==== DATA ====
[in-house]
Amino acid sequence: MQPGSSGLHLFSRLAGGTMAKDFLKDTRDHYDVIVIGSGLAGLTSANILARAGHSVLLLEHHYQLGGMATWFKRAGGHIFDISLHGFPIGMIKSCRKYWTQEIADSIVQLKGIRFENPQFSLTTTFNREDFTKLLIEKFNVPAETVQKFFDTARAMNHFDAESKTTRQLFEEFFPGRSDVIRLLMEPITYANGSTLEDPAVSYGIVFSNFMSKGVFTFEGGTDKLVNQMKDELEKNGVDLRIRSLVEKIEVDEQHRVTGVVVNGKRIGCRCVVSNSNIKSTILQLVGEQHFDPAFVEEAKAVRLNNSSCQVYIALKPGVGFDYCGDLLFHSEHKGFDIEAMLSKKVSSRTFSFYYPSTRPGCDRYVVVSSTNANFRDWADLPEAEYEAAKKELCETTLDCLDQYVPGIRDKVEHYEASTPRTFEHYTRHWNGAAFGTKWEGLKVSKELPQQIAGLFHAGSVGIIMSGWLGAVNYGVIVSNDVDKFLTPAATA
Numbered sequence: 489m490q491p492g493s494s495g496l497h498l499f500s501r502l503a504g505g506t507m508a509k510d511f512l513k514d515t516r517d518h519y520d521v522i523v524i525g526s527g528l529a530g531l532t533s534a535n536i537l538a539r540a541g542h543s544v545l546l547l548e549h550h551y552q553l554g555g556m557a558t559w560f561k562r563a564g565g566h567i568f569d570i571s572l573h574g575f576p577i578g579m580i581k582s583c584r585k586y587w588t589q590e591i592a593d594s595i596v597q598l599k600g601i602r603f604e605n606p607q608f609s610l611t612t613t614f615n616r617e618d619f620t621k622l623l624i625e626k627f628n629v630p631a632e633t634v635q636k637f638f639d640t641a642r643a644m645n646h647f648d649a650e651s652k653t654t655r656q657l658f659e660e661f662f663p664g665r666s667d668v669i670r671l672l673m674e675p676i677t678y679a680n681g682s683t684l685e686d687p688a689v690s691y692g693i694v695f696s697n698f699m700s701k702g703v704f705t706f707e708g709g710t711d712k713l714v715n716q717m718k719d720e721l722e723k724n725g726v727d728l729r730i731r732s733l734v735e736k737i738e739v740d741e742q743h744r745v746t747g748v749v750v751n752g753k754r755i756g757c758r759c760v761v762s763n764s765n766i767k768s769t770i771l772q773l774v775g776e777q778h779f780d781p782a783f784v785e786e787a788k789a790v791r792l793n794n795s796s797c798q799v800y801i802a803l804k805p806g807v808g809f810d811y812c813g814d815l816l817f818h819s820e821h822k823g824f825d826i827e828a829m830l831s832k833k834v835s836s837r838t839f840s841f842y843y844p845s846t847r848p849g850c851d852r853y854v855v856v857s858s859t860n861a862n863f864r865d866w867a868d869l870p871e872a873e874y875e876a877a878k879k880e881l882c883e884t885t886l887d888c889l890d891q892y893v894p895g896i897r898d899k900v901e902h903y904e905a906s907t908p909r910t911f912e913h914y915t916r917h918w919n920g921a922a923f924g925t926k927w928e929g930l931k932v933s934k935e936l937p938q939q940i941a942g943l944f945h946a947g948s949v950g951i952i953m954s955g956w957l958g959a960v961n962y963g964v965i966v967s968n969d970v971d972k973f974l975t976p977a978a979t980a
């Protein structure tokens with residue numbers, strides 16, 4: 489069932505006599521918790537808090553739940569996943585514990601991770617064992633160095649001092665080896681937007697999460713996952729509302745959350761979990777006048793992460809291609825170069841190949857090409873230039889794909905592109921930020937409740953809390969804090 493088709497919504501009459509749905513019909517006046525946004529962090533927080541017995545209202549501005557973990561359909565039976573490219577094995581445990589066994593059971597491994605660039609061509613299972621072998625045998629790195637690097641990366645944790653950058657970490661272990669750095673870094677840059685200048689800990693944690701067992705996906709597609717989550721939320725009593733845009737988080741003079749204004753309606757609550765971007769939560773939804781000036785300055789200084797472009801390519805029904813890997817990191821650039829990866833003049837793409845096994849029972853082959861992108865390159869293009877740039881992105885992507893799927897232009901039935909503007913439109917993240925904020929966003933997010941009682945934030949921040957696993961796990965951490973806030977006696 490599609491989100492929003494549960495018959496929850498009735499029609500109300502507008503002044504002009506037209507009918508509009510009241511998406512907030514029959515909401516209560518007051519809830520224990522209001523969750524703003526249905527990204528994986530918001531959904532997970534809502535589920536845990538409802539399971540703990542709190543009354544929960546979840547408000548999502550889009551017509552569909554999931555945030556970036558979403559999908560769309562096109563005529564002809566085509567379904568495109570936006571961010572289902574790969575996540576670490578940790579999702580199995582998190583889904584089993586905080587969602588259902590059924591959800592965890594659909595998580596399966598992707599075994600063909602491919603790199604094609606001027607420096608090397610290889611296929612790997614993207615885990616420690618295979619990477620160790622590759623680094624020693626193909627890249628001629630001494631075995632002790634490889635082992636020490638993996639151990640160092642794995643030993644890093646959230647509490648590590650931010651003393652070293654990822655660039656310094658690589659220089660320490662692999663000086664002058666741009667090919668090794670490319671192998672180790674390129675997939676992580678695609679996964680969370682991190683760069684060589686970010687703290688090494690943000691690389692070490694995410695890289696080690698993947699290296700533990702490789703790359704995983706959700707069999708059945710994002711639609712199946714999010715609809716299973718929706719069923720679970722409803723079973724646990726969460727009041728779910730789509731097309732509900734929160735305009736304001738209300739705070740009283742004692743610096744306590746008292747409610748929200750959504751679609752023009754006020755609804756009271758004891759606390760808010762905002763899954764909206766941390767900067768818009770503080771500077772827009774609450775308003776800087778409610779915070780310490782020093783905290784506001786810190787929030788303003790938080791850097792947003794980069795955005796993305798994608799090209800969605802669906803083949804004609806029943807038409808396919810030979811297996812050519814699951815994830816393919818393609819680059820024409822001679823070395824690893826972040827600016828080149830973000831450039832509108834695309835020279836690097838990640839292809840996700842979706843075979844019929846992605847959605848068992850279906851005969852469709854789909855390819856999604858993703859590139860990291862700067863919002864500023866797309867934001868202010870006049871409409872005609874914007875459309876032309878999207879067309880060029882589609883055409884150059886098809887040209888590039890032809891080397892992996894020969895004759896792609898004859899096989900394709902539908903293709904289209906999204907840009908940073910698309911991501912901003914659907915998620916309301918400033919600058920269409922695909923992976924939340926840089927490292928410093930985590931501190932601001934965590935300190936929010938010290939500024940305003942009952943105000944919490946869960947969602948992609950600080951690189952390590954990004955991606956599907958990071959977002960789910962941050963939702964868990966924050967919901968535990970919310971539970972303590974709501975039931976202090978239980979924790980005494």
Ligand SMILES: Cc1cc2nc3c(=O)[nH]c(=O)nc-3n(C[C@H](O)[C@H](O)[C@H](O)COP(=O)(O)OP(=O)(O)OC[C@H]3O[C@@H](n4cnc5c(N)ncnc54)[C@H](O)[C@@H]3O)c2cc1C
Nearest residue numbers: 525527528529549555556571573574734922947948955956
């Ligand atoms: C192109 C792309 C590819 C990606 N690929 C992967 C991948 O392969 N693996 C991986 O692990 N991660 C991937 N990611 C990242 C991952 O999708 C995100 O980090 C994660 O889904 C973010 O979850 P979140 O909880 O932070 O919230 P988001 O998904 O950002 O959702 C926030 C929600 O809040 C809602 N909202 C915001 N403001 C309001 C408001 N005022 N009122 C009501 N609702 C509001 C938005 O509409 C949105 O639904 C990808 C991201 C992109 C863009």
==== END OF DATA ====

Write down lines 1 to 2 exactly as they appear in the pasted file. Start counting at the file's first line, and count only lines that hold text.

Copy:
[in-house]
Amino acid sequence: MQPGSSGLHLFSRLAGGTMAKDFLKDTRDHYDVIVIGSGLAGLTSANILARAGHSVLLLEHHYQLGGMATWFKRAGGHIFDISLHGFPIGMIKSCRKYWTQEIADSIVQLKGIRFENPQFSLTTTFNREDFTKLLIEKFNVPAETVQKFFDTARAMNHFDAESKTTRQLFEEFFPGRSDVIRLLMEPITYANGSTLEDPAVSYGIVFSNFMSKGVFTFEGGTDKLVNQMKDELEKNGVDLRIRSLVEKIEVDEQHRVTGVVVNGKRIGCRCVVSNSNIKSTILQLVGEQHFDPAFVEEAKAVRLNNSSCQVYIALKPGVGFDYCGDLLFHSEHKGFDIEAMLSKKVSSRTFSFYYPSTRPGCDRYVVVSSTNANFRDWADLPEAEYEAAKKELCETTLDCLDQYVPGIRDKVEHYEASTPRTFEHYTRHWNGAAFGTKWEGLKVSKELPQQIAGLFHAGSVGIIMSGWLGAVNYGVIVSNDVDKFLTPAATA